Writing spaces are as varied as the individuals who occupy them. The range of “space” we enter for our writing practice is a wide, wild field from tidy to random, from Maya Angelou in a sparse hotel room to Marcel Proust in bed, from Jane Austen at the kitchen table to you: what does your writing space look like? Dream a little with first year MFA in poetry Hannah Sawyerr and attain the unattainable.
Where do you write?
I write at a tiny desk (no concert, it’s just that small!) in my apartment in Brooklyn. My friend’s joke that I somehow managed to turn my desk into an office. I keep a BRITA for water and an electric kettle for tea because when I’m really into it I don’t want to move! I then light a candle, (or turn on my wax warmer) allow myself to dream a little and then get to work.
Stand, sit or other?
Oh, I definitely sit. I didn’t even know standing desks were a thing until fairly recently. They seem pretty criminal to me! If I’m working on a longer project, especially one with a narrative arc, I absolutely need to be sitting at a desk (preferably my desk) but if I’m not at home, I can write at a regular table. Shorter projects, including poems, essays, blog posts, or anything I’m certain I will not share can be written anywhere for me. I tend to just use my laptop in bed.
What is your writing practice?
For poetry, I can write anywhere. I have literally pulled over my car while driving to write a poem that came to me. I can write in the doctor’s office, in my notes app during a walk, and I’ve even been guilty of writing poems during class a time or two. (sorry professors!)
For fiction, my process is a bit more organized. I think my fiction tends to be more character driven so I use post it notes for a very loose outline, but my characters are profiled really heavily. I like to let my characters tell me the story, so I develop them as much as I can and then I listen. I also tend to get a lot of writing done in churches. I don’t attend anymore, but when I’m home I attend out of respect for my parents and my roots, or when my friend got baptised I went to show my support for her. I actually think I write some of my best work in churches.
I don’t write quickly, but I do spend quite a lot of time with my work. I usually start and finish my day with a couple of hours of writing. I don’t set hard expectations, but for me it’s fun to set an “unattainable goal” If I make it, I toast with a glass of wine, if I don’t I might still toast with a glass of wine.
What are your favorite procrastinations?
My favorite procrastination is also what tends to keep me the most focused. I love zoom writing sprints with friends. (Which I’m hoping will turn into in-person sprints soon!) Usually we set talk timers, but I can be a talker (and a lot of my friends can be talkers too!) so we’ll set a talk timer but sometimes the poor thing will go off and be ignored. Next thing you know, a conversation about a dilemma regarding food in a scene has turned into a conversation about the time one of us got food poisoning and vomited on the schoolbus in the 3rd grade, which turns into an hour long conversation about embarrassing childhood stories we’ve never shared.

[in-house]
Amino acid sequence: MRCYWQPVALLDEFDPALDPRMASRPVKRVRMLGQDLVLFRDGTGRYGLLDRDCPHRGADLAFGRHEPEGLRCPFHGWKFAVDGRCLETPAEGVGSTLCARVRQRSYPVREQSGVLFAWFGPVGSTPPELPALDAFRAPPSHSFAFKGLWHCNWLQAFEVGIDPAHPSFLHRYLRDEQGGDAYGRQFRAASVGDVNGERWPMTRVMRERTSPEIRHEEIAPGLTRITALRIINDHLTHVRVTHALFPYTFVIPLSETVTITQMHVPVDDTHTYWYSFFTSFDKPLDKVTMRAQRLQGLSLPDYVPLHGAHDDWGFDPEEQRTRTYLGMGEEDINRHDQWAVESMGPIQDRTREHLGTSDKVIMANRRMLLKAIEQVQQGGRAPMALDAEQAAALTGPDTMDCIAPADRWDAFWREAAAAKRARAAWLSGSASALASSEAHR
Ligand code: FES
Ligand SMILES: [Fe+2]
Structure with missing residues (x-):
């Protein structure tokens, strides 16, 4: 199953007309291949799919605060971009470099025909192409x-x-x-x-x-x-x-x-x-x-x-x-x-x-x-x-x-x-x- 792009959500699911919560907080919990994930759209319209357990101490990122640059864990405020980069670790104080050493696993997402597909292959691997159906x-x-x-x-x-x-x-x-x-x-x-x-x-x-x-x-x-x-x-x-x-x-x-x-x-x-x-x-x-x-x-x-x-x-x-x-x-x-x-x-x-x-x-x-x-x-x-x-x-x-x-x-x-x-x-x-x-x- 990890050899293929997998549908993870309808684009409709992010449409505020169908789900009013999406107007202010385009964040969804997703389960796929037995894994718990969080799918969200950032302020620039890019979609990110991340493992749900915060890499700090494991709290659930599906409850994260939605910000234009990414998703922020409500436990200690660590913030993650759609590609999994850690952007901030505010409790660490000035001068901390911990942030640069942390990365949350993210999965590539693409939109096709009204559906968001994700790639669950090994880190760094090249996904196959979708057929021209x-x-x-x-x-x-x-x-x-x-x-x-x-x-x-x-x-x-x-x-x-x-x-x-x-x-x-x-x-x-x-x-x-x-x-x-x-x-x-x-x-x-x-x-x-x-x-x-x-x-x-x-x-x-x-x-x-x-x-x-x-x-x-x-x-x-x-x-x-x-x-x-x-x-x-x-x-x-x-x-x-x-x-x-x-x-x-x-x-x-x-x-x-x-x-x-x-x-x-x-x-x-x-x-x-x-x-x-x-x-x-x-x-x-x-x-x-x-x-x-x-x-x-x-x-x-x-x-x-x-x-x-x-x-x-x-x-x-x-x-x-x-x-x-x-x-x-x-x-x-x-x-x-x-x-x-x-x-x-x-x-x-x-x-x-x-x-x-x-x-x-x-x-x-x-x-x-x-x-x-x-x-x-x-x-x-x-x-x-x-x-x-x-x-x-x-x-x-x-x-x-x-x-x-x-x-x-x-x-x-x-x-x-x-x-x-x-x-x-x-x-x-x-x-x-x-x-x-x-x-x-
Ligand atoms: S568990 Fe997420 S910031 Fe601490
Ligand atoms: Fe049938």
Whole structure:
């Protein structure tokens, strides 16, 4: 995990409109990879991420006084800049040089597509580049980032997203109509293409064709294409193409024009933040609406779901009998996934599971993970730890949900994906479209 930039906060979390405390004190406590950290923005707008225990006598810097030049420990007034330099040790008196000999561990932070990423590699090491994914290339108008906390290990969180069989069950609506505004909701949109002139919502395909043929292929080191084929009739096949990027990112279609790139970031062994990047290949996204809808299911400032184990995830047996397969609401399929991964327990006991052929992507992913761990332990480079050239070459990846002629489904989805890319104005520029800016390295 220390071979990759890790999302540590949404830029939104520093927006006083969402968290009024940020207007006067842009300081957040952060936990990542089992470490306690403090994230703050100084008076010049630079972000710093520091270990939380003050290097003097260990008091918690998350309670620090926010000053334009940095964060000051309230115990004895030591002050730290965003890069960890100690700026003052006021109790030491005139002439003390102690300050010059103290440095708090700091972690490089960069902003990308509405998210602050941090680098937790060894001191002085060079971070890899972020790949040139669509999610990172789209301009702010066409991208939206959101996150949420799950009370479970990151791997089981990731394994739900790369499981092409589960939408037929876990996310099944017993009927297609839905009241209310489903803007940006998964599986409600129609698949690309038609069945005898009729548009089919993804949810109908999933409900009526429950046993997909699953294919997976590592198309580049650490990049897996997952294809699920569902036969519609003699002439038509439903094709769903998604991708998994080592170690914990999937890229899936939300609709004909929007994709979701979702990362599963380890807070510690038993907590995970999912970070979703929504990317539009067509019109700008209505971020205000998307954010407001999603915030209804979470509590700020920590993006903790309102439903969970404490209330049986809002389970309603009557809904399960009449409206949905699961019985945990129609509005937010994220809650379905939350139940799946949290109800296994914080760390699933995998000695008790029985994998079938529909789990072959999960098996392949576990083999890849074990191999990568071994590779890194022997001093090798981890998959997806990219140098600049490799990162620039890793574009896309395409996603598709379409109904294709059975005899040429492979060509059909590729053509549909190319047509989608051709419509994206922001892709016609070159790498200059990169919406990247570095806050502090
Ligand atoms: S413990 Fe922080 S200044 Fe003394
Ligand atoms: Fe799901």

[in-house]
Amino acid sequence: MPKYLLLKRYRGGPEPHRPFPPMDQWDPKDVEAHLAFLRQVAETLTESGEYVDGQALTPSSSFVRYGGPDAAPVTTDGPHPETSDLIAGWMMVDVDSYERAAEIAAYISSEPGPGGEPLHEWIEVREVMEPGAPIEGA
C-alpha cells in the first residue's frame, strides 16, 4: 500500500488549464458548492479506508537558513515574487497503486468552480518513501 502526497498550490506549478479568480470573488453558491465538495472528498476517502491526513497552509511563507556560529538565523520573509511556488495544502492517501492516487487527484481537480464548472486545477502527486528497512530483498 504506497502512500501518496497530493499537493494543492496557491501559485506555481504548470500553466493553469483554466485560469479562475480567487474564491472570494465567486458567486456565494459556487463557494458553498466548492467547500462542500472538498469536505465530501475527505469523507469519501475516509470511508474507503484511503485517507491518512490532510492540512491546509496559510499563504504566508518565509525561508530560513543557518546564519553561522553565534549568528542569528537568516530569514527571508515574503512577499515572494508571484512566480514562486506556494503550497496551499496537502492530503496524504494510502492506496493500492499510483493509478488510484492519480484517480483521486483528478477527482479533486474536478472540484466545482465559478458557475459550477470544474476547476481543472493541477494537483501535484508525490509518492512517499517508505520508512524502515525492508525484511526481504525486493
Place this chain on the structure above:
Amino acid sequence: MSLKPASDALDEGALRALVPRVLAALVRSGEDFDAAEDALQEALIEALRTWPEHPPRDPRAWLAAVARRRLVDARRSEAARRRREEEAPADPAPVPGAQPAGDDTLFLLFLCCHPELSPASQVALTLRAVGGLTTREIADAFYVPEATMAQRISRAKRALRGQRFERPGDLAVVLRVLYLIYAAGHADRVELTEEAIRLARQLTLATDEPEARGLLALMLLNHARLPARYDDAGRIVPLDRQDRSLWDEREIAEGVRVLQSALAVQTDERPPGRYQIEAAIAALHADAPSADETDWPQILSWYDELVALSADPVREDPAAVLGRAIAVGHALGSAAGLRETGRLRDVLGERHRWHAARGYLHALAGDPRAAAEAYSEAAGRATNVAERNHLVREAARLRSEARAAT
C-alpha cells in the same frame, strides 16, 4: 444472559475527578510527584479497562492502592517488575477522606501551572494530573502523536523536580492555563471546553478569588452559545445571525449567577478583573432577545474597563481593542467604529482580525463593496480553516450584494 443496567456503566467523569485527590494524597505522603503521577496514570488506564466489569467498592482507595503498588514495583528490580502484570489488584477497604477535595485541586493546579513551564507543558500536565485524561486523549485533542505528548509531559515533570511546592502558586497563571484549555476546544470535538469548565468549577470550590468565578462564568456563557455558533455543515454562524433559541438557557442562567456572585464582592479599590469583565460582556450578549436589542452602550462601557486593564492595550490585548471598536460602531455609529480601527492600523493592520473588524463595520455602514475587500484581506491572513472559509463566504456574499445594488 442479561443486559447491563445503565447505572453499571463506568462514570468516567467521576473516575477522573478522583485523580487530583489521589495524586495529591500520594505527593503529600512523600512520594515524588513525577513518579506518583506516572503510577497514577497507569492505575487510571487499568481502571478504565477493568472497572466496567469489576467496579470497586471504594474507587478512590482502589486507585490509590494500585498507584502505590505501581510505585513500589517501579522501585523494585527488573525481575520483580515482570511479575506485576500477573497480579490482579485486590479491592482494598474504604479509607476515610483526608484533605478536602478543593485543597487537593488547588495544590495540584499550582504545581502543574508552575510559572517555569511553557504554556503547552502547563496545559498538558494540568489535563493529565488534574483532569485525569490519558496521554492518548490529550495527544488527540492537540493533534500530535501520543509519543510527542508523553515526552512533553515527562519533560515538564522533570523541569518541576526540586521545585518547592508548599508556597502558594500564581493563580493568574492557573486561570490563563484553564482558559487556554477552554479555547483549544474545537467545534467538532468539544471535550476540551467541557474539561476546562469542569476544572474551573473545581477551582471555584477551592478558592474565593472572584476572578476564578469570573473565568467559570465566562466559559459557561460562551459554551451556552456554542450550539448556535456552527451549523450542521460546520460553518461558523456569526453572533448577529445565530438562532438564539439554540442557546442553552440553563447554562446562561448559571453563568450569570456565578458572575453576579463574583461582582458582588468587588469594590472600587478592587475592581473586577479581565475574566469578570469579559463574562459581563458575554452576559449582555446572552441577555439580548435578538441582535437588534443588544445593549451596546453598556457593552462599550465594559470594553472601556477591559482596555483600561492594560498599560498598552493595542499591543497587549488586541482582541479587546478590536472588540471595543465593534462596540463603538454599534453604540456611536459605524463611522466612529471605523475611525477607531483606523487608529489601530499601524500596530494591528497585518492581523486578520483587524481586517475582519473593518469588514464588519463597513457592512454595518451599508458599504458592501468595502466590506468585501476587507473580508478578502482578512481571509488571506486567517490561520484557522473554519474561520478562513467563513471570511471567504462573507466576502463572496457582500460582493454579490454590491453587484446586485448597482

We live in interesting times, which book/author keeps you sane/grounded?
I love re-reading books. It provides me with the same comfort that rewatching a show does when you already know the ending. I will always return to works by Sandra Cisneros, Tiffany D. Jackson, Elizabeth Acevedo, Maya Angelou and Jesmyn Ward just to name a few.
What is your new skill learned during the shutdowns of the Pandemic
I got back into the guitar recently! I used to play in high school, but my mom shipped my guitar to my cousin in Sierra Leone when I moved for undergrad. (Those of us with immigrant parents understand how hilarious this is!) I recently purchased a new guitar and have been teaching myself how to play again.
What is your dream writing space?
I want to be one of those unicorns who can write anywhere. I think with my poetry, I’ve gotten to a point where I can write most places, but I will know I’ve flexed some serious literary muscles if I can take a fiction project anywhere and still continue to write!
For now my dream location is a coffee shop! Because I haven’t written in one in so long. I just got my first COVID vaccine, so hopefully this will be a reality very soon!
Hannah V. Sawyerr is a Sierra Leonean-American writer. She was recognized as the Youth Poet Laureate of Baltimore and her spoken word poetry has been featured on the British Broadcasting Channel’s (BBC) “World Have Your Say” program and the National Education Association’s (NEA) “Do You Hear Us” Campaign. Her written work has been featured in several publications such as Poets.org, ROOKIE, and Sesi Magazine. For her literary work, she is represented by Joanna Volpe and Jordan Hill of New Leaf Literary & Media. Currently, she is earning her M.F.A. in Creative Writing at The New School. You can find her at hannahsawyerr.com.